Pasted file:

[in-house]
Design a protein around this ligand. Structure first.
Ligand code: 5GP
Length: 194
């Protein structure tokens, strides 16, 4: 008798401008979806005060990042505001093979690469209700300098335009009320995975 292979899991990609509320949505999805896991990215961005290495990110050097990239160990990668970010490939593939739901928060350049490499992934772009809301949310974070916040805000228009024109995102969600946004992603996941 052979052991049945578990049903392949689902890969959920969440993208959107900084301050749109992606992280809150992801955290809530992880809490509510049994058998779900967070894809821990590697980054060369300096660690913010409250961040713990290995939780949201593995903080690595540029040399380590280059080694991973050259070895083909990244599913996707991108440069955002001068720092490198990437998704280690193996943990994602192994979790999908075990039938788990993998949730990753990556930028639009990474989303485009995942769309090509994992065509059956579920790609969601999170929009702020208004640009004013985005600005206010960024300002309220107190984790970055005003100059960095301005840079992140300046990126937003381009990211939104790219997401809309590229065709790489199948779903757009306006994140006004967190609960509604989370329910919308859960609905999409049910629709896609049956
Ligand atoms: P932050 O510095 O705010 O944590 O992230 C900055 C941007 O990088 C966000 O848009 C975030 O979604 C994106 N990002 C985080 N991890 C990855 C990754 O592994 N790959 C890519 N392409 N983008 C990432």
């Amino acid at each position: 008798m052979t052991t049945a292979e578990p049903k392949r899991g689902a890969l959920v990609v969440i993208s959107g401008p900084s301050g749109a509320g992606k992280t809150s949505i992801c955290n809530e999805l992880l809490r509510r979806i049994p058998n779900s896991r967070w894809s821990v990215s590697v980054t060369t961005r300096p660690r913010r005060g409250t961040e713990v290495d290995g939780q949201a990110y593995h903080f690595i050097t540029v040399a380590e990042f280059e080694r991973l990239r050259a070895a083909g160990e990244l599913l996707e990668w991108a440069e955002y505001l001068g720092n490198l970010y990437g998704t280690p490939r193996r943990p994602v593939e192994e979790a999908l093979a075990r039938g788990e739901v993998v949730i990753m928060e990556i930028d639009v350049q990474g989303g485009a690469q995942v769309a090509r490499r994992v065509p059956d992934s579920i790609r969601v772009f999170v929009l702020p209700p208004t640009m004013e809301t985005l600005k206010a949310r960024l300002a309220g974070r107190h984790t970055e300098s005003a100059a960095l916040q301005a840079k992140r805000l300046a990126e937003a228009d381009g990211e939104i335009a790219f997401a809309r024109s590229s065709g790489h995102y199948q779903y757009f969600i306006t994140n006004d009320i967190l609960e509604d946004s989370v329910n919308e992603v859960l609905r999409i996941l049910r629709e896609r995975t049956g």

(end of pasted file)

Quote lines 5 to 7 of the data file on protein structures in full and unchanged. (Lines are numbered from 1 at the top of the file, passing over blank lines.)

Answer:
């Protein structure tokens, strides 16, 4: 008798401008979806005060990042505001093979690469209700300098335009009320995975 292979899991990609509320949505999805896991990215961005290495990110050097990239160990990668970010490939593939739901928060350049490499992934772009809301949310974070916040805000228009024109995102969600946004992603996941 052979052991049945578990049903392949689902890969959920969440993208959107900084301050749109992606992280809150992801955290809530992880809490509510049994058998779900967070894809821990590697980054060369300096660690913010409250961040713990290995939780949201593995903080690595540029040399380590280059080694991973050259070895083909990244599913996707991108440069955002001068720092490198990437998704280690193996943990994602192994979790999908075990039938788990993998949730990753990556930028639009990474989303485009995942769309090509994992065509059956579920790609969601999170929009702020208004640009004013985005600005206010960024300002309220107190984790970055005003100059960095301005840079992140300046990126937003381009990211939104790219997401809309590229065709790489199948779903757009306006994140006004967190609960509604989370329910919308859960609905999409049910629709896609049956
Ligand atoms: P932050 O510095 O705010 O944590 O992230 C900055 C941007 O990088 C966000 O848009 C975030 O979604 C994106 N990002 C985080 N991890 C990855 C990754 O592994 N790959 C890519 N392409 N983008 C990432």
């Amino acid at each position: 008798m052979t052991t049945a292979e578990p049903k392949r899991g689902a890969l959920v990609v969440i993208s959107g401008p900084s301050g749109a509320g992606k992280t809150s949505i992801c955290n809530e999805l992880l809490r509510r979806i049994p058998n779900s896991r967070w894809s821990v990215s590697v980054t060369t961005r300096p660690r913010r005060g409250t961040e713990v290495d290995g939780q949201a990110y593995h903080f690595i050097t540029v040399a380590e990042f280059e080694r991973l990239r050259a070895a083909g160990e990244l599913l996707e990668w991108a440069e955002y505001l001068g720092n490198l970010y990437g998704t280690p490939r193996r943990p994602v593939e192994e979790a999908l093979a075990r039938g788990e739901v993998v949730i990753m928060e990556i930028d639009v350049q990474g989303g485009a690469q995942v769309a090509r490499r994992v065509p059956d992934s579920i790609r969601v772009f999170v929009l702020p209700p208004t640009m004013e809301t985005l600005k206010a949310r960024l300002a309220g974070r107190h984790t970055e300098s005003a100059a960095l916040q301005a840079k992140r805000l300046a990126e937003a228009d381009g990211e939104i335009a790219f997401a809309r024109s590229s065709g790489h995102y199948q779903y757009f969600i306006t994140n006004d009320i967190l609960e509604d946004s989370v329910n919308e992603v859960l609905r999409i996941l049910r629709e896609r995975t049956g």